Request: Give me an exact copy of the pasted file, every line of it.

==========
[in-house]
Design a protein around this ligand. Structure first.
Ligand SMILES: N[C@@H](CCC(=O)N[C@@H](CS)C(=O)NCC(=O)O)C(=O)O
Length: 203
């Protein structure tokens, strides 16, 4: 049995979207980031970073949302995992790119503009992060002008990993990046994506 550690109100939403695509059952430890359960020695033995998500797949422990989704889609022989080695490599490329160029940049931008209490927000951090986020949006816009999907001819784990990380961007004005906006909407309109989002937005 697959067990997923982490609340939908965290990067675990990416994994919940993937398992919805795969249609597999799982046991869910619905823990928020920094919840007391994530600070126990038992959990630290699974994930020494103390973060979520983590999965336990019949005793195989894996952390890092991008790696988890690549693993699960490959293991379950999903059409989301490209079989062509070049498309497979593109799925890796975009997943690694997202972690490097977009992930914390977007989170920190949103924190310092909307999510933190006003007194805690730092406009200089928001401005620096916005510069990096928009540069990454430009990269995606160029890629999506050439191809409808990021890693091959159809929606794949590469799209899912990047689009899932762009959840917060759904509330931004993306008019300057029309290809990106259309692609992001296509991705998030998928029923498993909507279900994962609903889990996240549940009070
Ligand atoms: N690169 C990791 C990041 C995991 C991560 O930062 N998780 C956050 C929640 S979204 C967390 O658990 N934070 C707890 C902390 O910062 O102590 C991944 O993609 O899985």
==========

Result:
[in-house]
Design a protein around this ligand. Structure first.
Ligand SMILES: N[C@@H](CCC(=O)N[C@@H](CS)C(=O)NCC(=O)O)C(=O)O
Length: 203
């Protein structure tokens, strides 16, 4: 049995979207980031970073949302995992790119503009992060002008990993990046994506 550690109100939403695509059952430890359960020695033995998500797949422990989704889609022989080695490599490329160029940049931008209490927000951090986020949006816009999907001819784990990380961007004005906006909407309109989002937005 697959067990997923982490609340939908965290990067675990990416994994919940993937398992919805795969249609597999799982046991869910619905823990928020920094919840007391994530600070126990038992959990630290699974994930020494103390973060979520983590999965336990019949005793195989894996952390890092991008790696988890690549693993699960490959293991379950999903059409989301490209079989062509070049498309497979593109799925890796975009997943690694997202972690490097977009992930914390977007989170920190949103924190310092909307999510933190006003007194805690730092406009200089928001401005620096916005510069990096928009540069990454430009990269995606160029890629999506050439191809409808990021890693091959159809929606794949590469799209899912990047689009899932762009959840917060759904509330931004993306008019300057029309290809990106259309692609992001296509991705998030998928029923498993909507279900994962609903889990996240549940009070
Ligand atoms: N690169 C990791 C990041 C995991 C991560 O930062 N998780 C956050 C929640 S979204 C967390 O658990 N934070 C707890 C902390 O910062 O102590 C991944 O993609 O899985």